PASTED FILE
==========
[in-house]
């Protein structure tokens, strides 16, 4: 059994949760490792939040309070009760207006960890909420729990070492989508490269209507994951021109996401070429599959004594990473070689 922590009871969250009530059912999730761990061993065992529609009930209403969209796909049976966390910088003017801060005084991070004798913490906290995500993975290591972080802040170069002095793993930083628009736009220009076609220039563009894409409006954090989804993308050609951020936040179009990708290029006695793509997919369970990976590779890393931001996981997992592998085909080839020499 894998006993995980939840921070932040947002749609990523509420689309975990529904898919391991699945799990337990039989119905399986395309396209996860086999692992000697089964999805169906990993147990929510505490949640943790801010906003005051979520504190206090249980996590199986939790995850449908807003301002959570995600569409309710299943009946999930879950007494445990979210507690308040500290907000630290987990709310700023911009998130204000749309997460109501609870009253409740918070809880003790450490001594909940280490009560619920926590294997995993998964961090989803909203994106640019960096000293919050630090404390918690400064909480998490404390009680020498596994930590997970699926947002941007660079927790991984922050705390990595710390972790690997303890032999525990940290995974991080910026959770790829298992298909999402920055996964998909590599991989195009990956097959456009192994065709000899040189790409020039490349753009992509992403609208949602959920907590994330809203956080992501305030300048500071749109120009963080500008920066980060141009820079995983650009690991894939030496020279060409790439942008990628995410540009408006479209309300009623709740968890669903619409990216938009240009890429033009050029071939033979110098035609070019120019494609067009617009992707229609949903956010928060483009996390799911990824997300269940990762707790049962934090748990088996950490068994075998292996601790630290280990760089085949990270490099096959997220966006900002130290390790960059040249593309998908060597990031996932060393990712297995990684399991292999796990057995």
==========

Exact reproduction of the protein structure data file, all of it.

[in-house]
């Protein structure tokens, strides 16, 4: 059994949760490792939040309070009760207006960890909420729990070492989508490269209507994951021109996401070429599959004594990473070689 922590009871969250009530059912999730761990061993065992529609009930209403969209796909049976966390910088003017801060005084991070004798913490906290995500993975290591972080802040170069002095793993930083628009736009220009076609220039563009894409409006954090989804993308050609951020936040179009990708290029006695793509997919369970990976590779890393931001996981997992592998085909080839020499 894998006993995980939840921070932040947002749609990523509420689309975990529904898919391991699945799990337990039989119905399986395309396209996860086999692992000697089964999805169906990993147990929510505490949640943790801010906003005051979520504190206090249980996590199986939790995850449908807003301002959570995600569409309710299943009946999930879950007494445990979210507690308040500290907000630290987990709310700023911009998130204000749309997460109501609870009253409740918070809880003790450490001594909940280490009560619920926590294997995993998964961090989803909203994106640019960096000293919050630090404390918690400064909480998490404390009680020498596994930590997970699926947002941007660079927790991984922050705390990595710390972790690997303890032999525990940290995974991080910026959770790829298992298909999402920055996964998909590599991989195009990956097959456009192994065709000899040189790409020039490349753009992509992403609208949602959920907590994330809203956080992501305030300048500071749109120009963080500008920066980060141009820079995983650009690991894939030496020279060409790439942008990628995410540009408006479209309300009623709740968890669903619409990216938009240009890429033009050029071939033979110098035609070019120019494609067009617009992707229609949903956010928060483009996390799911990824997300269940990762707790049962934090748990088996950490068994075998292996601790630290280990760089085949990270490099096959997220966006900002130290390790960059040249593309998908060597990031996932060393990712297995990684399991292999796990057995």